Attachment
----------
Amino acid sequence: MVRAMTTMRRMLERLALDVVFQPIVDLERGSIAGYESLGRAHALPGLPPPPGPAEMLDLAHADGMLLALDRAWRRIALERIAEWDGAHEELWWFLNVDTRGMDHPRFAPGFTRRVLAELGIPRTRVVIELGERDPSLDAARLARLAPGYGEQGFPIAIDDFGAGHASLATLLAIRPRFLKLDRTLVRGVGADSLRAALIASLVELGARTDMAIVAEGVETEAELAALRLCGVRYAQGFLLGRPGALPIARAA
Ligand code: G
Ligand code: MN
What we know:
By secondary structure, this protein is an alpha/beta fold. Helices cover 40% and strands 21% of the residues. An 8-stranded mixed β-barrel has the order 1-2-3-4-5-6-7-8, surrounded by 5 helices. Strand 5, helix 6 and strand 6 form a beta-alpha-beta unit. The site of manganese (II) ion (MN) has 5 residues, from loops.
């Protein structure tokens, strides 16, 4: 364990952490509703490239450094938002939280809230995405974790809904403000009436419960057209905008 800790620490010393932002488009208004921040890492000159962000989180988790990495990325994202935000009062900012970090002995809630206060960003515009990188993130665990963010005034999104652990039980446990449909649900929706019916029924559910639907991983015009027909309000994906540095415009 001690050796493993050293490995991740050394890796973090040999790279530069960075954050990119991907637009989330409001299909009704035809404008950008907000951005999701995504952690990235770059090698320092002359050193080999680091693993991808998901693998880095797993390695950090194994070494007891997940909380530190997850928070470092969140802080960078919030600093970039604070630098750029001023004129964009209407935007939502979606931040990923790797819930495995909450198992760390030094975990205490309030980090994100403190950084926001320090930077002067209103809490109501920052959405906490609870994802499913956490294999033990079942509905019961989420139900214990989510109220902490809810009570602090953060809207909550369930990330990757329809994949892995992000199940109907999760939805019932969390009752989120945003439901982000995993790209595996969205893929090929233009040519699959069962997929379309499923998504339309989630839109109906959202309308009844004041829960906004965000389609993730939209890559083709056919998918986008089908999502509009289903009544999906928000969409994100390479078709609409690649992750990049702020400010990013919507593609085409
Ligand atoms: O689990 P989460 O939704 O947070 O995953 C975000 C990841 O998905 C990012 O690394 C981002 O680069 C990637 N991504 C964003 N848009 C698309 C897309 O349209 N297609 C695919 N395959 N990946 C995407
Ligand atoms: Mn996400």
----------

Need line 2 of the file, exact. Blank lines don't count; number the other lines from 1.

Ligand code: G